Protests against Tesco are raging across East Anglia as small retailers and interest groups seek to curb the dominance of the UK's biggest supermarket group.

The high-profile Say No To Tesco campaign, organised by residents opposed to the development of a Tesco Express on Norwich's Unthank Road, is again asking concerned parties to send objections to Norwich City Council in a bid to thwart a fourth application by Tesco.

Meanwhile, independent Nigel Dowdney has slammed Tesco for claiming the Norfolk town of Stalham is an example of a Tesco development which has "regenerated" the town centre by increasing footfall.

The statement was made by a Tesco representative Tim Gittings at a planning consultation regarding a Tesco store in Brighouse, North Yorkshire.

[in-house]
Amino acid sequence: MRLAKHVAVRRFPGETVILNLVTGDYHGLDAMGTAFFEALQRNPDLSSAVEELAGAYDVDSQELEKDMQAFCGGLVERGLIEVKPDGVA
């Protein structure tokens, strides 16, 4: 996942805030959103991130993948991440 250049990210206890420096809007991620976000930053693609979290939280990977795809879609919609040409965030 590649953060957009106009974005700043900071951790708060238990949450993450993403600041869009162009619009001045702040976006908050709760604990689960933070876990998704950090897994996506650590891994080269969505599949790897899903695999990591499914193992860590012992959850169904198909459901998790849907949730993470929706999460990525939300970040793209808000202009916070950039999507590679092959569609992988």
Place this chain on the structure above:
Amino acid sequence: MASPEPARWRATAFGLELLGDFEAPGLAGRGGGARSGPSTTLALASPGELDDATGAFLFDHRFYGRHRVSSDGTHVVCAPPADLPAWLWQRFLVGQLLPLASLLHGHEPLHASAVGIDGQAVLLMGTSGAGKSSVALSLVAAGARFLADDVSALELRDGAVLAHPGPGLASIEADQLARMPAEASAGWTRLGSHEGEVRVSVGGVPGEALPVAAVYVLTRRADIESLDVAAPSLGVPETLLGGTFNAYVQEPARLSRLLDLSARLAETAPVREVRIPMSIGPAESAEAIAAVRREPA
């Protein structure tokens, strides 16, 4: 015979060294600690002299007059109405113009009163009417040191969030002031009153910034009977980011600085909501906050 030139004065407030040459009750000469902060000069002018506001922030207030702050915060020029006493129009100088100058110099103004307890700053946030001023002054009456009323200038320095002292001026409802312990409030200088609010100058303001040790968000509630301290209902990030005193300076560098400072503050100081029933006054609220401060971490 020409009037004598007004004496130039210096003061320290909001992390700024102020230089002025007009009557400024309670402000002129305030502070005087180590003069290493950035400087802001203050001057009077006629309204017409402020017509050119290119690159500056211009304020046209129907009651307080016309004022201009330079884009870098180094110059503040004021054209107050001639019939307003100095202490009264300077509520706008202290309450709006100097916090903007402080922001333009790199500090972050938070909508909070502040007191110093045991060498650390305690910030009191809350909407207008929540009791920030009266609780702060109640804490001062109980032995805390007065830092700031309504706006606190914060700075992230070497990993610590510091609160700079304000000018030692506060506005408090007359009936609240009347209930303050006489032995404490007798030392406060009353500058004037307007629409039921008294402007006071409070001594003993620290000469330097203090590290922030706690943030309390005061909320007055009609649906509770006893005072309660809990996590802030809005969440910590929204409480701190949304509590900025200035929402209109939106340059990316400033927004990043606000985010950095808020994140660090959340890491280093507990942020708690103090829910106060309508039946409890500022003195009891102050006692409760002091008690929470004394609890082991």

Nigel, who owns the Stalham Shopper convenience store, said: "Tesco states that prior to its opening only 6% of the local population shopped in the town. The population of Stalham is 3,000. In the past 30 years, my shop, Somerfield, the Co-op, the butchers, bakers, greengrocers, three newsagents and many other small retail outlets have existed in happy competition. Does Tesco honestly expect people to believe that these businesses thrived for all those years on 180 customers?"

Tesco has also been forced to resubmit a planning application for a store in Sheringham in Norfolk. The town has been at the centre of a dispute over a secret deal between Tesco and the local council. Tesco has held a public exhibition to show its plans and is expected to submit the application in September.

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